Loss Of a Loved One (My Family)
Let me tell you a story about my family. About how the recent loss of a loved one made me feel like my eyes had been closed to how amazing the people in my family really are.
Sure, like everyone else, I love my family very, VERY much.
You might say, my family has some minor differences, thats made a very large impact on me and my entire family.
I have three rocks; the ones who hold everything together. The ones I would trust more than anyone in the world. The ones who would break their back behind the scenes, to give us something we would take for granted. The ones we never knew what they were ACTUALLY doing to give us the life we have.
#1 — Dad
You see, my dad is like most dads. Wakes up at 3AM, goes to work, comes home, manages a family with six kids, occasionally works a second job, gets home at 9 or 10, goes to sleep and does it all over again. Doesn't complain, doesn't bitch and moan, he knows why hes doing it. He has a vision; a vision to provide the best life for his family. By far, the hardest working man I know.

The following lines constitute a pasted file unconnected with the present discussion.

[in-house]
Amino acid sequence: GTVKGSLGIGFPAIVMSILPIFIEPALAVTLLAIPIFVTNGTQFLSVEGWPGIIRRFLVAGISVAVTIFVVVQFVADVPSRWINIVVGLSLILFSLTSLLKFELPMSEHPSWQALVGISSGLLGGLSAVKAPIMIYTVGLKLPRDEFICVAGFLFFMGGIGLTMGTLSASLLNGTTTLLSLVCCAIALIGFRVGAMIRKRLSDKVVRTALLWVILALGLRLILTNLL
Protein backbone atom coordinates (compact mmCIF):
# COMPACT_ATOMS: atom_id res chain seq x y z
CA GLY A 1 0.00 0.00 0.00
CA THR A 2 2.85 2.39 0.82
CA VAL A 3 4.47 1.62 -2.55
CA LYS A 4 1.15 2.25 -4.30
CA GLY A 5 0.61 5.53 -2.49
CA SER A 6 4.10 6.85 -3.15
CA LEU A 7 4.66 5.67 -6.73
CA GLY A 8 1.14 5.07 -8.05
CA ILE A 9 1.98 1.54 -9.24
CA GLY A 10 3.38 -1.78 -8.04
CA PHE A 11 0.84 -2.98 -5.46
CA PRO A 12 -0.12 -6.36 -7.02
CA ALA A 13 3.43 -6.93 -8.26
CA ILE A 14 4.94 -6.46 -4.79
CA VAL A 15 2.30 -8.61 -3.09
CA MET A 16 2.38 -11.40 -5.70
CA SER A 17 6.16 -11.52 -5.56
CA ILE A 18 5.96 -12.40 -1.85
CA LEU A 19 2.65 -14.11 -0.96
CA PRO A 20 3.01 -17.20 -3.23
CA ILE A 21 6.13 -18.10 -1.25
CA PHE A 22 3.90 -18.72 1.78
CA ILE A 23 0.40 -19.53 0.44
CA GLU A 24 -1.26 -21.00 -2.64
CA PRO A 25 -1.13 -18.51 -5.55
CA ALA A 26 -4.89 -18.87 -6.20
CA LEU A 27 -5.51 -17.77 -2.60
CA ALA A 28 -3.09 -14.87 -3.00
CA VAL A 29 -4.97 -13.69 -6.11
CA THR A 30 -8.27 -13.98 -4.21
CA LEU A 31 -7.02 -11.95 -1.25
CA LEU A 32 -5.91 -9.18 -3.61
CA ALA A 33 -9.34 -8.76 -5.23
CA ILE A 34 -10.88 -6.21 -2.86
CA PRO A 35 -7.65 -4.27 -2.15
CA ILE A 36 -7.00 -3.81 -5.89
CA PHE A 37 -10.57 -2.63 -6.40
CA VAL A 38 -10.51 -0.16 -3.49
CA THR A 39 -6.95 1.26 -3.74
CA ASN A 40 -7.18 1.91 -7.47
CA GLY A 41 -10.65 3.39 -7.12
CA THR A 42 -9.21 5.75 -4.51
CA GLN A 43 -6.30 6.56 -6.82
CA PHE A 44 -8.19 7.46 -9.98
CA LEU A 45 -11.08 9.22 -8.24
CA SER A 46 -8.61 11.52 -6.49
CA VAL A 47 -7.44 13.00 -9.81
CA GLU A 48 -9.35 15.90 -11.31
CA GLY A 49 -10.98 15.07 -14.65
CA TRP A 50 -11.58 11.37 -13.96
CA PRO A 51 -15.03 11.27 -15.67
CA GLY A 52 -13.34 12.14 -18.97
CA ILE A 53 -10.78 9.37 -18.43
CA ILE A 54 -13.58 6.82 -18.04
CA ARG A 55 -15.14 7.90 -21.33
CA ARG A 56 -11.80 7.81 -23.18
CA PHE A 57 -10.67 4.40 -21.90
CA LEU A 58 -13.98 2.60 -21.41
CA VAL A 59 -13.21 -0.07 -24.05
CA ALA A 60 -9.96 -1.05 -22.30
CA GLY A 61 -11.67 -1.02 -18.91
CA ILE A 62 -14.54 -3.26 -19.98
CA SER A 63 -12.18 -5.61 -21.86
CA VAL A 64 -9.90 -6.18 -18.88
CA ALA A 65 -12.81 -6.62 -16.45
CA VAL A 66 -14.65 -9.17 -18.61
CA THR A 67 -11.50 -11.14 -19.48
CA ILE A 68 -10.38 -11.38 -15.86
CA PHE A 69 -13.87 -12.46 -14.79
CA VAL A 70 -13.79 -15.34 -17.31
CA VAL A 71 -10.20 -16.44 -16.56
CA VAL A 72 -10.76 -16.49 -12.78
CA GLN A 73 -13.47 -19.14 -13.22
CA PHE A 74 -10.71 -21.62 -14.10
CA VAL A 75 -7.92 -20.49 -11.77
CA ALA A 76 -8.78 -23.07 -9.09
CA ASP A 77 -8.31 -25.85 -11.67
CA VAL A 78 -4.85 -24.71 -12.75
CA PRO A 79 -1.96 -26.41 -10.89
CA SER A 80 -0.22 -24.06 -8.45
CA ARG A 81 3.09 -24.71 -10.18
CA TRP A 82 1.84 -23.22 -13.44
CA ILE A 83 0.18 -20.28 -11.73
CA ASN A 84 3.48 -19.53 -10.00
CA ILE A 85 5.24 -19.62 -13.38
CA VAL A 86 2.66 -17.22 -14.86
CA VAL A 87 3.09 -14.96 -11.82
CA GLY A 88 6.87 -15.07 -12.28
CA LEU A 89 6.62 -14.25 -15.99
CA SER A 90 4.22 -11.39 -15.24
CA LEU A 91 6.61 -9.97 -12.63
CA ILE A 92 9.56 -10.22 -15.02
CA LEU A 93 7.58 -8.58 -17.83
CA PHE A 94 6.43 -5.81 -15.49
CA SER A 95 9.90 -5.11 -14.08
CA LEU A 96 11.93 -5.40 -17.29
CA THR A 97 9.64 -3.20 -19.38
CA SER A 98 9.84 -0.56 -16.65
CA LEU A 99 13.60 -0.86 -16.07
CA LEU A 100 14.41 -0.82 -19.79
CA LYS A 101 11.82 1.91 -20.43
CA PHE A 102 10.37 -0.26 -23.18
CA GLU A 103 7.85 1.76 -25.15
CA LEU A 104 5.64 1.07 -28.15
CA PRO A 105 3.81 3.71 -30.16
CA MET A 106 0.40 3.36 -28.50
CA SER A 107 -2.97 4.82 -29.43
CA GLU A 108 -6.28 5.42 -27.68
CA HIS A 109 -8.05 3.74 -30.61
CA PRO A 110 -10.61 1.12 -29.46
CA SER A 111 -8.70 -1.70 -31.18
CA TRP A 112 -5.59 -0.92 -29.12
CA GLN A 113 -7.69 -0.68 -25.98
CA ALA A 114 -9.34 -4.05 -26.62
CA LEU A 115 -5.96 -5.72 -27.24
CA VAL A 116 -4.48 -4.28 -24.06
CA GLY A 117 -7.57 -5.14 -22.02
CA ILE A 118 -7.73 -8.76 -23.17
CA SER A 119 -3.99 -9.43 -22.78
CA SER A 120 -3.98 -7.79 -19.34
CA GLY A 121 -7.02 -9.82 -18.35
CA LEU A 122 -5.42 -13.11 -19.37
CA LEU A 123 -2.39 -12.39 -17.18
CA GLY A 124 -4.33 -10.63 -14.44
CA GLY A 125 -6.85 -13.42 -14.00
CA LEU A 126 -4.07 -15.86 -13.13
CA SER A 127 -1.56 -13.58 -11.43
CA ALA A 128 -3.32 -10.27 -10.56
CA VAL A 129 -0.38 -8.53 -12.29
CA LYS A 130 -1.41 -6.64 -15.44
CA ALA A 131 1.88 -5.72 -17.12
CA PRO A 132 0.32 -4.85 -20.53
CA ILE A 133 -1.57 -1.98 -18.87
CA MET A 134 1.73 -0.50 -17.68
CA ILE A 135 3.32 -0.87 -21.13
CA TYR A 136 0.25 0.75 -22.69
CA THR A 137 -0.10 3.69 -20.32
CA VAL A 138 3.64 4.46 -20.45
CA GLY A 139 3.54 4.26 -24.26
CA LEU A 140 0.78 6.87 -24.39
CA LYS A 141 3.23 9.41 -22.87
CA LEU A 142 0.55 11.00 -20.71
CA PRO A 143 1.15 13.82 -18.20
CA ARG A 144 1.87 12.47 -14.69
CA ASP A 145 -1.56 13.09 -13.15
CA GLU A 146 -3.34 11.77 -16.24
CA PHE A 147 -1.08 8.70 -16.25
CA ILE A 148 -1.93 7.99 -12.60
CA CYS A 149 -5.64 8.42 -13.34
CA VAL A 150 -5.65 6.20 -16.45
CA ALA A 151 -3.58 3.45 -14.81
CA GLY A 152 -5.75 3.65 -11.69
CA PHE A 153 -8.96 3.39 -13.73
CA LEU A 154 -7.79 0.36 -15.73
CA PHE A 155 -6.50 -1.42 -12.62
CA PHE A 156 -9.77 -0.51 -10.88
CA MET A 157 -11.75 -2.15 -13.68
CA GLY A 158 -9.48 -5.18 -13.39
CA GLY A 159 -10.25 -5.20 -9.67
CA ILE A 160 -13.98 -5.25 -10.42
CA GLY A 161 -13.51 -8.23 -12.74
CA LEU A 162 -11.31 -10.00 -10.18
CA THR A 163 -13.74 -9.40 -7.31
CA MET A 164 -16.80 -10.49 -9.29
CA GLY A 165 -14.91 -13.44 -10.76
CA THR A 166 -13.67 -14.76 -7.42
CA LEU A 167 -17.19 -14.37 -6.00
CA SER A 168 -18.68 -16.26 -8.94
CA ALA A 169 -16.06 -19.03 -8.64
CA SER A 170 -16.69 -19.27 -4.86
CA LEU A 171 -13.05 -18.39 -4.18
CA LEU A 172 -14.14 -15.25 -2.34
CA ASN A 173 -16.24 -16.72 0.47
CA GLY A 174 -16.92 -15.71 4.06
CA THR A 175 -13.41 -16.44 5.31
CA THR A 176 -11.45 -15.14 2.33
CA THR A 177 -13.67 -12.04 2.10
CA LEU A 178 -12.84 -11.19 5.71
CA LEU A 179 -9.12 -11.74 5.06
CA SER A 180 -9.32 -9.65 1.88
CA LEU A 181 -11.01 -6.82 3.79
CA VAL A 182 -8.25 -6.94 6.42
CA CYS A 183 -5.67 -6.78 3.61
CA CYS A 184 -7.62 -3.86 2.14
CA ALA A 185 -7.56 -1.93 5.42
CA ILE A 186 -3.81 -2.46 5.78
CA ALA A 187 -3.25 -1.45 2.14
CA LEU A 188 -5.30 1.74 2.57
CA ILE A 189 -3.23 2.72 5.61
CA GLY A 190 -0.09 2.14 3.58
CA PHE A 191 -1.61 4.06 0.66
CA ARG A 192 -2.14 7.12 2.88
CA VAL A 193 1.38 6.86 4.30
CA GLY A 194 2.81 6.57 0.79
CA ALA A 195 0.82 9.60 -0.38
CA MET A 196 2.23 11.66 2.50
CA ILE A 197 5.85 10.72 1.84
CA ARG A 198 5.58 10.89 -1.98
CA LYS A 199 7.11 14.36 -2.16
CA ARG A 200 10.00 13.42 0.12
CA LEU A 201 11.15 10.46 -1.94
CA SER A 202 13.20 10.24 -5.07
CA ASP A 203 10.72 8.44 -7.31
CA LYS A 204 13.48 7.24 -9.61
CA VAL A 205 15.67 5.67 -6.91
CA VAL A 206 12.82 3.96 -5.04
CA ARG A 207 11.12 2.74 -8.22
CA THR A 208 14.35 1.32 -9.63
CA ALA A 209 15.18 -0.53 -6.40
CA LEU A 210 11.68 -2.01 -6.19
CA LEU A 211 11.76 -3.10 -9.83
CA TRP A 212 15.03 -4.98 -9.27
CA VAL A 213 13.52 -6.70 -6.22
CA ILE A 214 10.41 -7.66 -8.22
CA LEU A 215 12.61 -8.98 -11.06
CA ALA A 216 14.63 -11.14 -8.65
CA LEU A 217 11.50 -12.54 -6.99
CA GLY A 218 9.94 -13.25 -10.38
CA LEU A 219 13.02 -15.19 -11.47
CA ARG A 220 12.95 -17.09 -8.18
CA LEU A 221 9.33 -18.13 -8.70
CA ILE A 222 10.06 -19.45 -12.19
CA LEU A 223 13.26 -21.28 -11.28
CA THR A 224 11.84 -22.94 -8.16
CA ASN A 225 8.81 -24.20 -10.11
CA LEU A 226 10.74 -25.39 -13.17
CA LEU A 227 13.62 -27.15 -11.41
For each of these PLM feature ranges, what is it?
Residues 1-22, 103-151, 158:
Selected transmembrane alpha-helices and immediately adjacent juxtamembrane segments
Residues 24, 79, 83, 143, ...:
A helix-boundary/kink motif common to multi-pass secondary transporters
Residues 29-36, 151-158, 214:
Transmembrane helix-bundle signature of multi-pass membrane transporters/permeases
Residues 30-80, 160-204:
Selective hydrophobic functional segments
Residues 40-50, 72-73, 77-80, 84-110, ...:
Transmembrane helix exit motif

“Rules, what are those?” (My mentality growing up) I was young, thought I could take on the world. I was naive and stupid, I didn't notice everything he had done for me up to that point! Of course, I thought he was just a “hardass” who liked to control my life. “Cant do this, cant do that…bla bla bla”, “I need to get outta here!”
I left. I did fine. I lived, learned and grew.